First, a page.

Native Youth Pipeline 2012
" I'm not afraid to speak up, and a lot of our people are shy.
They wanted someone to speak up for them, to speak up for them and do for them, and I thought I was a good person for the job.” -Mary Belardo
Miyaxwen, my name is Elka Medina. I m a desert Cahuilla Indian and I come from the Torres Martinez reservation in Thermal, California. I love baking and MMA. When it comes to these to things, if I am participating in something related to it I am completely engaged and focused. It’s hard to criticize me or distract me when it comes to these two things. They are things that I can honestly say that I’m good at and I have a passion for. I am constantly trying to improve my performance. I watch TV shows, read books, and ask questions in order to be the best at what I love to do.
At the moment I am interested in pursuing a career in medicine. For now, I am going to school to study pediatric nursing and mental health. In the future, I hope to be a doctor involved in the same things and perhaps some sort of physical therapy. I have learned that sometimes, it is okay to be uncertain and everything will work out for the best in the end. See? Don’t I look like a pretty great doctor already?
Native Culture For as long as I can remember, I always knew where I came from and because of that I am fortunate enough to say that I am a young Cahuilla woman residing on the original land of my peoples on the Torres Martinez reservation. I grew up with a sense of respect and caring nature for everyone around me and also a sense of right from wrong that I believe came from being with my family. Together, we practice the traditional ways of my tribe such as bird dancing that continues to keep the culture alive. A big part of my life, that has lasted with me for the longest, since childhood, has been social justice and activism. As history shows it, mankind has not shown indigenous peoples a helping hand. Even today in the modern world, there are still lands of Native people being taken over and destroyed by the nation’s governing officials. I grew up with a family whose ideas revolved around the progression of Natives and as a result, I too have inherited that state of mind where it is a necessity to question everything, read through every document, be educated, and know your every right in order to not be left in the dust. Unfortunately, especially in my desired occupation, Native Americans are extremely underrepresented. My very distant goal that I plan to complete in my lifetime is to become a chairwoman for my tribe and create a voice for all Natives. The government and many other sorts of officials in the United States have done a really thorough job of making sure Natives are oppressed and unable to move forward. There are many people that are in positions of power within the Native community who are not doing their part to helping us grow. This frustrates me because I have a passion to aid my people and make them stronger and I know that if I do what I can to get educated, I can help us prosper. I want to be involved in a respected and important enough position to make a difference to our community but that is not to say that was an immediate decision. It did, however, take one career day in my sophomore year of high school to realize that nursing was meant for me. My life thus far has leaded me in many directions. Aside from my career paths, my ultimate goal is to do good by the many beings and occurrences on the Earth. Everything I do to contribute to wellness counts, and I don’t do what I believe is good to get a reward; I do it because it makes me feel whole to do the right thing. I want to do my part whether it seems significant or insignificant. I know I am ambitious and I can accomplish many things.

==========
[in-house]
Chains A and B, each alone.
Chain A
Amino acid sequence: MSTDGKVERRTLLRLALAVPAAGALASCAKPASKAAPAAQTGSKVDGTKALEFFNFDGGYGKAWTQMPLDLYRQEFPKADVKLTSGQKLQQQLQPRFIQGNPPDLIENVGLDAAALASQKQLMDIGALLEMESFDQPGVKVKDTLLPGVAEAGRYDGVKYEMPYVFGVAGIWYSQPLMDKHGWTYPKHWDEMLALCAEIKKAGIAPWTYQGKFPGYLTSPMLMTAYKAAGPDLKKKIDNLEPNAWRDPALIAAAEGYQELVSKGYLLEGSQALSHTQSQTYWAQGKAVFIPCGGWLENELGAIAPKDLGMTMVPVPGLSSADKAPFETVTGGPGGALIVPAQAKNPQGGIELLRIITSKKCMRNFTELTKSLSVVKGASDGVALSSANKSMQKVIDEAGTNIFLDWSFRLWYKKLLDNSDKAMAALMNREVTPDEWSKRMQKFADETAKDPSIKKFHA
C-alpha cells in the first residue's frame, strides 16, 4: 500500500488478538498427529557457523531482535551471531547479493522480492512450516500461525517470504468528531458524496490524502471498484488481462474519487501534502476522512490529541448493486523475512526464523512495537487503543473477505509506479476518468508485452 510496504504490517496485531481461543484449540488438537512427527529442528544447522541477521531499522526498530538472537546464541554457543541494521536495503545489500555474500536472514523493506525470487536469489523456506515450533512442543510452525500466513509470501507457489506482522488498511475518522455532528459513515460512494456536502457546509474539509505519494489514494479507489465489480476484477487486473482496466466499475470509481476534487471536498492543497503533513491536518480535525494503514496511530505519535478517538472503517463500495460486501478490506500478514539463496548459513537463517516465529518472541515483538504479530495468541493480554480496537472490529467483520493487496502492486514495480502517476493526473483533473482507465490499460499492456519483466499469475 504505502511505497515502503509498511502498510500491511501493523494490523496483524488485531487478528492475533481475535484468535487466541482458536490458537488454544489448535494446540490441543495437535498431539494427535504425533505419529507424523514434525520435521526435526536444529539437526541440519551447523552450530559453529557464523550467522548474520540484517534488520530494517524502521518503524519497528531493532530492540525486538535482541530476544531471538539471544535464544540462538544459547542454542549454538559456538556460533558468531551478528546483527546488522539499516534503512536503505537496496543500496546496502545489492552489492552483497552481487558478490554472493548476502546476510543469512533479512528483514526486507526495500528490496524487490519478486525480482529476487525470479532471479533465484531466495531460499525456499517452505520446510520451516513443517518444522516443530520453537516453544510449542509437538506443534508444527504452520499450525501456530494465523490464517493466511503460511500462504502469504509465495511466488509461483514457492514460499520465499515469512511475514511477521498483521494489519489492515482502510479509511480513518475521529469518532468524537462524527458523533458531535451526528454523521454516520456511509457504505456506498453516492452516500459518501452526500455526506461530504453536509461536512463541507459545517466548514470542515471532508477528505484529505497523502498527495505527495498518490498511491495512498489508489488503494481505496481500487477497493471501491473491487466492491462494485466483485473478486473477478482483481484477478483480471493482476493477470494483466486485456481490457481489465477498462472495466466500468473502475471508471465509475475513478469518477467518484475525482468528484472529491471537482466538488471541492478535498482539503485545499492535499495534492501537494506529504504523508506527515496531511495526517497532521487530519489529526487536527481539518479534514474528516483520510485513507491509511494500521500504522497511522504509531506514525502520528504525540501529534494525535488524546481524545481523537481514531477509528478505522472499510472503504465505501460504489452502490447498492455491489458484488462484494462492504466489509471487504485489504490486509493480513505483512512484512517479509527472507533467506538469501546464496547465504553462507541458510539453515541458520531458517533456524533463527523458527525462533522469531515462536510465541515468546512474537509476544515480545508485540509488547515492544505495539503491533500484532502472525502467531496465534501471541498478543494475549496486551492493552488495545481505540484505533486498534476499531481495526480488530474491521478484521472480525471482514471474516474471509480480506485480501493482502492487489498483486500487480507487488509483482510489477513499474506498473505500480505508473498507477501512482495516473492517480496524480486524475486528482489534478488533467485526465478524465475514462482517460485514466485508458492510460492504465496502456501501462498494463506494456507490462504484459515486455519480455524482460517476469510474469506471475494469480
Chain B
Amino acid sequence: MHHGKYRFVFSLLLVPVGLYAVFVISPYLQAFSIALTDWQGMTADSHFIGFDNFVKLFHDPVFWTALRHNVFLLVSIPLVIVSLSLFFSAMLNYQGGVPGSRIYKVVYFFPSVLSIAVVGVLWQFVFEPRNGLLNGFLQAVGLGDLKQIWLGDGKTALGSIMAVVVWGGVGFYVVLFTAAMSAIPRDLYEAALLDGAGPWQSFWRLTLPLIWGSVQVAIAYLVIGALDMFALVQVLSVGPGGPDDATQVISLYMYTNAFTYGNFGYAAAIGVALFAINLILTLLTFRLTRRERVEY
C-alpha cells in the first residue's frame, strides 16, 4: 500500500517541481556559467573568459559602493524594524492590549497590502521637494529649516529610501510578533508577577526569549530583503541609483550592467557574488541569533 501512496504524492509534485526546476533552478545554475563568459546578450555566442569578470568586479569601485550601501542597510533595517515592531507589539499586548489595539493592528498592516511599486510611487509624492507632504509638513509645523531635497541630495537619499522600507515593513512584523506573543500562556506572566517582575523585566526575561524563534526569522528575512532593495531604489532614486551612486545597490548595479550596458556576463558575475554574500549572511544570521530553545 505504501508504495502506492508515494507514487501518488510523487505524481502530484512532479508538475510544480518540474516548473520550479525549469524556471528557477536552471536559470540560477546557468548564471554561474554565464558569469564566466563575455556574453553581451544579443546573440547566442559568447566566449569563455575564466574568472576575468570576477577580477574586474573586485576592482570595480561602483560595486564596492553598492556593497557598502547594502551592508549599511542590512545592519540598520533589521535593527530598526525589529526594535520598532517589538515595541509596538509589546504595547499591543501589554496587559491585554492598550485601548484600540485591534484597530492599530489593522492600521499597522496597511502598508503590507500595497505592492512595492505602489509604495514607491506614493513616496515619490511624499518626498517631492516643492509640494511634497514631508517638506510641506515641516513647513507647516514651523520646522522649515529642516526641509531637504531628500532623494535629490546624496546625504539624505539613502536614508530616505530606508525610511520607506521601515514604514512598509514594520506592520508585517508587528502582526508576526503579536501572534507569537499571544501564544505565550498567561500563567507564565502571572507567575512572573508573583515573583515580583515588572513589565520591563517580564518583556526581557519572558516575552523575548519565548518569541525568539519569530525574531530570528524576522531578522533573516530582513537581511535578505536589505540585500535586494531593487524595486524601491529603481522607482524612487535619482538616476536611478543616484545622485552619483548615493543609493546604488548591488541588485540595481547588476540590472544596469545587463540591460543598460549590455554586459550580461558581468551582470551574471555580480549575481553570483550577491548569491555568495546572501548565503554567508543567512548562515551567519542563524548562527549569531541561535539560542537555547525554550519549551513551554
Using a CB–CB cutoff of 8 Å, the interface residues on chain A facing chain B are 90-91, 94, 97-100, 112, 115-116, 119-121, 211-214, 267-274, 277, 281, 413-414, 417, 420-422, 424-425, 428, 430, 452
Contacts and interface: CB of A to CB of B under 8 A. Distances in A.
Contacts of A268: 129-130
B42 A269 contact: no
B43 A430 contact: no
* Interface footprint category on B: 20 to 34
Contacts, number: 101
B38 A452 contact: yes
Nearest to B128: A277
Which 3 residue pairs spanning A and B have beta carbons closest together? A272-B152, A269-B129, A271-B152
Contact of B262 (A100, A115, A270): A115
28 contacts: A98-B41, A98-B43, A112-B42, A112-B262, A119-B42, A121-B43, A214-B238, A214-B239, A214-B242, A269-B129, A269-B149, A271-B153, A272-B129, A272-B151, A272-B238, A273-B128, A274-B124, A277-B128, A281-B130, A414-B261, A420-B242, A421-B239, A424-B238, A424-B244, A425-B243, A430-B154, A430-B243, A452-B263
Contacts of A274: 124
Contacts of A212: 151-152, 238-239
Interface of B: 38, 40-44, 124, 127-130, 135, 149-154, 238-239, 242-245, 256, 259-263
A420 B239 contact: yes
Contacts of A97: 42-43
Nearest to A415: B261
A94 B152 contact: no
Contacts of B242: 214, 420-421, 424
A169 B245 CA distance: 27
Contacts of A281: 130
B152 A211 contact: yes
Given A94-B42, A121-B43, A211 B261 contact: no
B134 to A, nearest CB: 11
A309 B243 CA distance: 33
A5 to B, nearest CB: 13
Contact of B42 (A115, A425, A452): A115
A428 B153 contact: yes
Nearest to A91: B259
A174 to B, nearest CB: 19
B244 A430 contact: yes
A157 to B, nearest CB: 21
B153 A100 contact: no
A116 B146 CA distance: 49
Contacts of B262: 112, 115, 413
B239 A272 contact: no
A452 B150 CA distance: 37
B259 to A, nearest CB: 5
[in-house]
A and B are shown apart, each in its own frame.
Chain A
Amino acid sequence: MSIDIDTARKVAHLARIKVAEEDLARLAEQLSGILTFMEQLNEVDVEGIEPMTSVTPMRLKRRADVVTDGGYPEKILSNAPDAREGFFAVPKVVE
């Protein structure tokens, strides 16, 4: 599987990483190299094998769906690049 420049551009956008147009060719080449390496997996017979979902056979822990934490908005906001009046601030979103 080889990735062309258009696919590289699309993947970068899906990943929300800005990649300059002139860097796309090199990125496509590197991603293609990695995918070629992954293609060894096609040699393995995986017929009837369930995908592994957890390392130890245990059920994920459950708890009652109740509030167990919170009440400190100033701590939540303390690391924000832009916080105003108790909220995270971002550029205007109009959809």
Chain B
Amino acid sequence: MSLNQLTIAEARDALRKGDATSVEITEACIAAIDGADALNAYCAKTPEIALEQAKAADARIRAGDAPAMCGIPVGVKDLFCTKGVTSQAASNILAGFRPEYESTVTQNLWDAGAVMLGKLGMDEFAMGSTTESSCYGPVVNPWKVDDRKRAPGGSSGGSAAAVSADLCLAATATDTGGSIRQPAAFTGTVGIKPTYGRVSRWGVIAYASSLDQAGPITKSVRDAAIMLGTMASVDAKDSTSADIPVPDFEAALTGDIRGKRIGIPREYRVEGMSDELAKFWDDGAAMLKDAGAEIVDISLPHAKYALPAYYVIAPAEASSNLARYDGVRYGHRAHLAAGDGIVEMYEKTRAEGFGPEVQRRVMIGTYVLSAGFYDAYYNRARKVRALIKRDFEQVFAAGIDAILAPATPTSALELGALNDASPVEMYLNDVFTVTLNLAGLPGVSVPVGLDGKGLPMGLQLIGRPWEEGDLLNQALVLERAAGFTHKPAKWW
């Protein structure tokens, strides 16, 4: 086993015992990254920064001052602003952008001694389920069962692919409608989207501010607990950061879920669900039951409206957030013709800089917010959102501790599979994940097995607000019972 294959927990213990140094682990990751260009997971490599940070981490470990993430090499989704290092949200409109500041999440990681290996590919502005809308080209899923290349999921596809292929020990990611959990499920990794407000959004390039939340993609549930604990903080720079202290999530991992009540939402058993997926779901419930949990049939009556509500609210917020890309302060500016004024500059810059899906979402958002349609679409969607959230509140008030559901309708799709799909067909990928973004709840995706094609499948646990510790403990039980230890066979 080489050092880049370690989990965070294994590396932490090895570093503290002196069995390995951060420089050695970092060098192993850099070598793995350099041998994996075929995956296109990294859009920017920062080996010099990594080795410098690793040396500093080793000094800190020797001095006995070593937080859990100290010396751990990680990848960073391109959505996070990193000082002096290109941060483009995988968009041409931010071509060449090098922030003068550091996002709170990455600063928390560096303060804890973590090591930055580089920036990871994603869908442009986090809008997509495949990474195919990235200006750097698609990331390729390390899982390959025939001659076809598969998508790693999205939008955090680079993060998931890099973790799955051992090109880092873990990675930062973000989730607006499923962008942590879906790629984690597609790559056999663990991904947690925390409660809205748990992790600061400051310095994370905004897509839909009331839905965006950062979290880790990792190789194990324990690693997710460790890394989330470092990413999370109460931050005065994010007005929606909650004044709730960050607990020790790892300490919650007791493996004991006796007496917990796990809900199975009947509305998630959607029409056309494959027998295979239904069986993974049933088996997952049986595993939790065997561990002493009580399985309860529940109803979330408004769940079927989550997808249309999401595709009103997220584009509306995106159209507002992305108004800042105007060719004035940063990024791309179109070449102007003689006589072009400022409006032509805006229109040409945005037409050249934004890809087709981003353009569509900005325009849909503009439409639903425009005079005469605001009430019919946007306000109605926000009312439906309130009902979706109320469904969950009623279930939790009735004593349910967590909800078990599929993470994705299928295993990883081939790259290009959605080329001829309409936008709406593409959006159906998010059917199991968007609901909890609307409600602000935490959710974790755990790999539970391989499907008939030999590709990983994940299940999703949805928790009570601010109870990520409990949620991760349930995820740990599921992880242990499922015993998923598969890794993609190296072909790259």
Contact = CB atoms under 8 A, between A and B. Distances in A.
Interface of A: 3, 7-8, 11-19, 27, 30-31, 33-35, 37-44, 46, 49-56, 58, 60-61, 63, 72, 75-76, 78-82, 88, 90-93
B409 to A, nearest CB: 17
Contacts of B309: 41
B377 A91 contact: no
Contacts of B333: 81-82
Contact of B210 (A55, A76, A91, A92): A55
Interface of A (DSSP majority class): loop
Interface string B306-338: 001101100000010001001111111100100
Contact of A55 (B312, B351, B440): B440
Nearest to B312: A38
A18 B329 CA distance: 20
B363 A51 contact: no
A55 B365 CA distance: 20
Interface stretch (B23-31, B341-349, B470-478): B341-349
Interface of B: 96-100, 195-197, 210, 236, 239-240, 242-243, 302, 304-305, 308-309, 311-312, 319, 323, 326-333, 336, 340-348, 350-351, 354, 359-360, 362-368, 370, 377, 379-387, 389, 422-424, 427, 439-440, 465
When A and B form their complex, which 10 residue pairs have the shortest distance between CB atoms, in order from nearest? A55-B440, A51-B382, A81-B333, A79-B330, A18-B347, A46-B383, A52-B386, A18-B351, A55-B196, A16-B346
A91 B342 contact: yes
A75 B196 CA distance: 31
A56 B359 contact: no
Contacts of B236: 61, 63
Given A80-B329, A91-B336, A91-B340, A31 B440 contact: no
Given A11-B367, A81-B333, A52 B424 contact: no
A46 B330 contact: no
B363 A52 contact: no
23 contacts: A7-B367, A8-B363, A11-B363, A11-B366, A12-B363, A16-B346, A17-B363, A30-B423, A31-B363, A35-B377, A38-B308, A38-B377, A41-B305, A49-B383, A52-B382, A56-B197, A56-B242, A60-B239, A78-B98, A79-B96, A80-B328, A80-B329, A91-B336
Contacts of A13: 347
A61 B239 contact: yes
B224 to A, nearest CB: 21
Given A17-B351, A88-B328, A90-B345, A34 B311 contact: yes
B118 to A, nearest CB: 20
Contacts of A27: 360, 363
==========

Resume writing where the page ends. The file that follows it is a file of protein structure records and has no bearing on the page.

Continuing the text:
Published on Jan 4, 2013
A digital book made by a student in the Native American Youth Pipeline to College at Pitzer College and Western University - Summer 2012